who ran some very specialized tests and within two days had diagnosed me with efferent limb syndrome (the rectal stump goes at a diagonal vs. vertical causing problems emptying). I also had a chronic stricture at the connection site, my pouch was not symmetrical, and my anal muscles had been re-trained to never relax. He offered simple, safe solutions and got me off most of my meds, although I took Entocort for the IGG4 autoimmune pouchititis I was diagnosed with. The next three years were a marked improvement, but he always honestly told me that because my pouch had mechanical issues, it may require a re-do by one of their surgeons. When I had the fistula scare earlier this year, felt absolutely terrible, ended up in the ER, was swollen and looked 5 months pregnant, I thought the fistula was to blame for my worsening symptoms. When I had the exam under anesthesia (EUA) with Dr. Remzi, my mind was blown when he told me the issues were due to my poor pouch function. I guess 8 years of never pooping properly had finally caught up with me. I also felt so much better after the prep and tests for that exam (see epic barium enema post) that it finally clicked that my pouch never was empty and that my pelvic pain and swelling were due to that. After months of contemplation-including weekly therapy sessions, prayer, polling of friends and family, and meditation, I decided to schedule the loop ileostomy surgery to give my pelvis, as Dr. Remzi said, “A chance to cool off.” I was nervous about the surgery for a number of reasons. 1. It’s another freaking surgery! How many of these have I had? 2. I remembered my hate/hate relationship with my former loop ileostomy and was hesitant to get back together 3. What if something went wrong again? Could I take that mentally and physically after all I’d been through? If you read my last post, you know I decided to woman-up and try again. I decided it’s never okay to give up when you have so much good work to do and life to live, so I told myself, the universe, God, that I’d try one more time, but I made clear that I needed this to work. I put all the positive energy I had towards it. I enlisted the good vibes and prayers of my community, family, and friends, and I felt the love! I had the surgery Tuesday, was released Friday, and am enjoying the distinct lack of pelvic pain.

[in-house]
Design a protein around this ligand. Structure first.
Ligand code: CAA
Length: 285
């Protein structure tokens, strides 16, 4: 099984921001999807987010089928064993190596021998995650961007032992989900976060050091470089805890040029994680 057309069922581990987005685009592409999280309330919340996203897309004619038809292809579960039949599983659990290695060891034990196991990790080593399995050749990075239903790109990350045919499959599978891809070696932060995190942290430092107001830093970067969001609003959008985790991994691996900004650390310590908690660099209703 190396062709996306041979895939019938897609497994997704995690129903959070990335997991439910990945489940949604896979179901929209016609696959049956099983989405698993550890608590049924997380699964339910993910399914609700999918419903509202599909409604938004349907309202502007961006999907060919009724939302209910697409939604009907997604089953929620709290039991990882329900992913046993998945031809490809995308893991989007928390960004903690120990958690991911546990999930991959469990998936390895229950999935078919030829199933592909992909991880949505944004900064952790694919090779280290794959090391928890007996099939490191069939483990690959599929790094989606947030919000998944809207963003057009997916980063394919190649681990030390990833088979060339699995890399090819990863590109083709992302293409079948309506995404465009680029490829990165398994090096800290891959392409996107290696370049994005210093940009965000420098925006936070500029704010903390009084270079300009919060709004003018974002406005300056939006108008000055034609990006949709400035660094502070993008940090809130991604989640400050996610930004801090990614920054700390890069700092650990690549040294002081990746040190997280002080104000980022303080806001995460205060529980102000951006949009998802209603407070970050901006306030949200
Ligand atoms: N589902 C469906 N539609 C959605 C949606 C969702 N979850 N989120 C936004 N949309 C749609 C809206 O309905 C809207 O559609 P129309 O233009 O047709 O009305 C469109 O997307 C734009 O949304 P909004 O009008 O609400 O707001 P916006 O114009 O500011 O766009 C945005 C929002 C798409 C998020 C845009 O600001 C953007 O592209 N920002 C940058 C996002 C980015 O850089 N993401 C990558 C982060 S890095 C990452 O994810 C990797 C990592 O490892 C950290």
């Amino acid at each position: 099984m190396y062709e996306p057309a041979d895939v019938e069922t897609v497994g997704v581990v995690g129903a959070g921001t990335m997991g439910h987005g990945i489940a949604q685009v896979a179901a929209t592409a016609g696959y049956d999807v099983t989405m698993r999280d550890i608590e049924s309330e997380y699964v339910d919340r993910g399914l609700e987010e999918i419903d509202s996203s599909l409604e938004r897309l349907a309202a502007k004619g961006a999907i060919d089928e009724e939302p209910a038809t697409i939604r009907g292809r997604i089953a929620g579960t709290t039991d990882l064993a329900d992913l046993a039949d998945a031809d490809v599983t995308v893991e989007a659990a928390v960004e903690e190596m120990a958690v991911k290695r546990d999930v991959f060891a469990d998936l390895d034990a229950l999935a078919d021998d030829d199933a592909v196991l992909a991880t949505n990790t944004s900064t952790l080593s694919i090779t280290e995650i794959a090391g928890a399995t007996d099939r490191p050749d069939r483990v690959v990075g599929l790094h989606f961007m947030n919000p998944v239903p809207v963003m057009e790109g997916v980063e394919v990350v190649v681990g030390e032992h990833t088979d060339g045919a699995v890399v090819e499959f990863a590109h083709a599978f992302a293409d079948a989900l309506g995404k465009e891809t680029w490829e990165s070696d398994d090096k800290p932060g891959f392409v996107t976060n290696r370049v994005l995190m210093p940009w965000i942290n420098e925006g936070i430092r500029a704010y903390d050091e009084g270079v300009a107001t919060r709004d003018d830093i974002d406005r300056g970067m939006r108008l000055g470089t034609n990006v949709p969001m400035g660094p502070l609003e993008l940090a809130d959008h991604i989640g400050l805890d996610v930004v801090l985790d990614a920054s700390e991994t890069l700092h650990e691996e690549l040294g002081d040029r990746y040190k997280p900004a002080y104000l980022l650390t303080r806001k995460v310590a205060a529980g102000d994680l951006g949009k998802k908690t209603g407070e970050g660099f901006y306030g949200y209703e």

Liz & wonderful Hubbs.
I’m loving my ostomy and if I can avoid diversion pouchitis, will probably keep Stella (my new stoma) for as long as possible. I’m so thankful for the ability to keep going-for the support of all of you, and I encourage you to pay attention to your body and seek answers when something feels wrong. Years of dealing with chronic illness and the constant pain that accompanies it can skew your perspective and dull your instincts. We can adopt a mantra of, “this is just how it is for me,” because it seems like part of accepting our illness. I encourage you to keep seeking answers-to seek the counsel of the best physicians you can find-to try alternative therapies like yoga, acupuncture, as long as you do it as a fully-informed patient. I have never stopped researching, but I almost stopped fighting. There’s no guarantee that this surgery will last forever or that I’ll be free of complications, but I can take solace in knowing that right now, I feel better, and I feel better because I didn’t give up on myself, or on the promise of improvement.